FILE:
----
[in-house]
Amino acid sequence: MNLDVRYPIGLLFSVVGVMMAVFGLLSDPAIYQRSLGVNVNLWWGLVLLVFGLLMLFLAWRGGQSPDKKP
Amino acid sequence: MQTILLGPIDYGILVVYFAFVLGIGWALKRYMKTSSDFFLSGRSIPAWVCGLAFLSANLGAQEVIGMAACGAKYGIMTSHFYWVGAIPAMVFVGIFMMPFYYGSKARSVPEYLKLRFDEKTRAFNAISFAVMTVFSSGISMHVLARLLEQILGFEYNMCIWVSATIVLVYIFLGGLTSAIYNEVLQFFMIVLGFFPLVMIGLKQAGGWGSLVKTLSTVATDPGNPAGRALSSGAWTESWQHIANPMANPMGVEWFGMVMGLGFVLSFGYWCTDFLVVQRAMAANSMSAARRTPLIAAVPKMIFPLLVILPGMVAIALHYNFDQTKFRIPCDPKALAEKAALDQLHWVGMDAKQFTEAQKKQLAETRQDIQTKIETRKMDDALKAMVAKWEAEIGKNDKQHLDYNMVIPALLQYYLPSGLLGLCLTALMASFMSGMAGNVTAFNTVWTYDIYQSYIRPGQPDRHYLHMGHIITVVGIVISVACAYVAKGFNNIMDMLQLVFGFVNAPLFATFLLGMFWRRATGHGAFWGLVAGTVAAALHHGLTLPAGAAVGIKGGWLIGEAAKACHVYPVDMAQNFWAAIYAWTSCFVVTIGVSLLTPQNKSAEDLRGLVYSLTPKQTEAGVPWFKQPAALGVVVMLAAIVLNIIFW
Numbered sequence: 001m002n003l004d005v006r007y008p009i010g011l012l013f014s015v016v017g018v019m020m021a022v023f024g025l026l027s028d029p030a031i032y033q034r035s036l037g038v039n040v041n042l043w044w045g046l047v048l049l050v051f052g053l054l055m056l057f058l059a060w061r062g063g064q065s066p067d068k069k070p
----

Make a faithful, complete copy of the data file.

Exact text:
[in-house]
Amino acid sequence: MNLDVRYPIGLLFSVVGVMMAVFGLLSDPAIYQRSLGVNVNLWWGLVLLVFGLLMLFLAWRGGQSPDKKP
Amino acid sequence: MQTILLGPIDYGILVVYFAFVLGIGWALKRYMKTSSDFFLSGRSIPAWVCGLAFLSANLGAQEVIGMAACGAKYGIMTSHFYWVGAIPAMVFVGIFMMPFYYGSKARSVPEYLKLRFDEKTRAFNAISFAVMTVFSSGISMHVLARLLEQILGFEYNMCIWVSATIVLVYIFLGGLTSAIYNEVLQFFMIVLGFFPLVMIGLKQAGGWGSLVKTLSTVATDPGNPAGRALSSGAWTESWQHIANPMANPMGVEWFGMVMGLGFVLSFGYWCTDFLVVQRAMAANSMSAARRTPLIAAVPKMIFPLLVILPGMVAIALHYNFDQTKFRIPCDPKALAEKAALDQLHWVGMDAKQFTEAQKKQLAETRQDIQTKIETRKMDDALKAMVAKWEAEIGKNDKQHLDYNMVIPALLQYYLPSGLLGLCLTALMASFMSGMAGNVTAFNTVWTYDIYQSYIRPGQPDRHYLHMGHIITVVGIVISVACAYVAKGFNNIMDMLQLVFGFVNAPLFATFLLGMFWRRATGHGAFWGLVAGTVAAALHHGLTLPAGAAVGIKGGWLIGEAAKACHVYPVDMAQNFWAAIYAWTSCFVVTIGVSLLTPQNKSAEDLRGLVYSLTPKQTEAGVPWFKQPAALGVVVMLAAIVLNIIFW
Numbered sequence: 001m002n003l004d005v006r007y008p009i010g011l012l013f014s015v016v017g018v019m020m021a022v023f024g025l026l027s028d029p030a031i032y033q034r035s036l037g038v039n040v041n042l043w044w045g046l047v048l049l050v051f052g053l054l055m056l057f058l059a060w061r062g063g064q065s066p067d068k069k070p